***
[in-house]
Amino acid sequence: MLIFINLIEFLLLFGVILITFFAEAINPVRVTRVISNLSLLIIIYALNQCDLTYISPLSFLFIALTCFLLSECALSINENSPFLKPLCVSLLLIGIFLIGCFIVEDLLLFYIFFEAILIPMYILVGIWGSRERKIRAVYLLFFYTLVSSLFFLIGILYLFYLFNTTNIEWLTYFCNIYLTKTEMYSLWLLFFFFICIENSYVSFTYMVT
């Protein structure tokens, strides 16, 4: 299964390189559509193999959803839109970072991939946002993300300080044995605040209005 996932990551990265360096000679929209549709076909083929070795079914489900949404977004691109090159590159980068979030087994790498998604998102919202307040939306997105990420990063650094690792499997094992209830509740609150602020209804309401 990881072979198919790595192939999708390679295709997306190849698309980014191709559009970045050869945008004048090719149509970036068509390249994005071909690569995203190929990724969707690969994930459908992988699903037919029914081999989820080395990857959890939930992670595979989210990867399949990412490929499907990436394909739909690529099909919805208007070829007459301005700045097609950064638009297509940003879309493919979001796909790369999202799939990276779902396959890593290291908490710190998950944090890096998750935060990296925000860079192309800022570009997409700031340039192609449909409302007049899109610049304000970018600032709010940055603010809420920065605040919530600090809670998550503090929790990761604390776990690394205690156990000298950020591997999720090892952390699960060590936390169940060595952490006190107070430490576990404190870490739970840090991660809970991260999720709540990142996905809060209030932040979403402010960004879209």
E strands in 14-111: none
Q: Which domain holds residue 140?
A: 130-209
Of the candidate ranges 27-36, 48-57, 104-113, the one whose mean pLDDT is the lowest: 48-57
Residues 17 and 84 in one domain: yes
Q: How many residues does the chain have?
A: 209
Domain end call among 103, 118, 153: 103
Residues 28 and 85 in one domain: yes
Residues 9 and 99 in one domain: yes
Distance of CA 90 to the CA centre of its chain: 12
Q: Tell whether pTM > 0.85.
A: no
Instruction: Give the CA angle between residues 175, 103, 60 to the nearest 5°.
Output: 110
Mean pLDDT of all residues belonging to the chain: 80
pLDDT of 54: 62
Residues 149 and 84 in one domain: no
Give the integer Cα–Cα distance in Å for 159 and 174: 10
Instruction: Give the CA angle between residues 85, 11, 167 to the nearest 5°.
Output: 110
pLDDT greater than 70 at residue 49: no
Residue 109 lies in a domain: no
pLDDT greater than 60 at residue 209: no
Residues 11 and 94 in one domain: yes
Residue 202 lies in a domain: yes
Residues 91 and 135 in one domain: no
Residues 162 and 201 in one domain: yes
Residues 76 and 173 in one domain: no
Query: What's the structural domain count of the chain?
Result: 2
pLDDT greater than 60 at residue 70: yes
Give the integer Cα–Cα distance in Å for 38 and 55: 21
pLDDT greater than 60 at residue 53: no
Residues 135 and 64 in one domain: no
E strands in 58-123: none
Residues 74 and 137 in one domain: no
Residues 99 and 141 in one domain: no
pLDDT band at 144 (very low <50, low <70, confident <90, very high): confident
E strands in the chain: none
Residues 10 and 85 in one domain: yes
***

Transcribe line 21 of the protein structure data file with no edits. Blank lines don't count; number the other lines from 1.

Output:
Residues 149 and 84 in one domain: no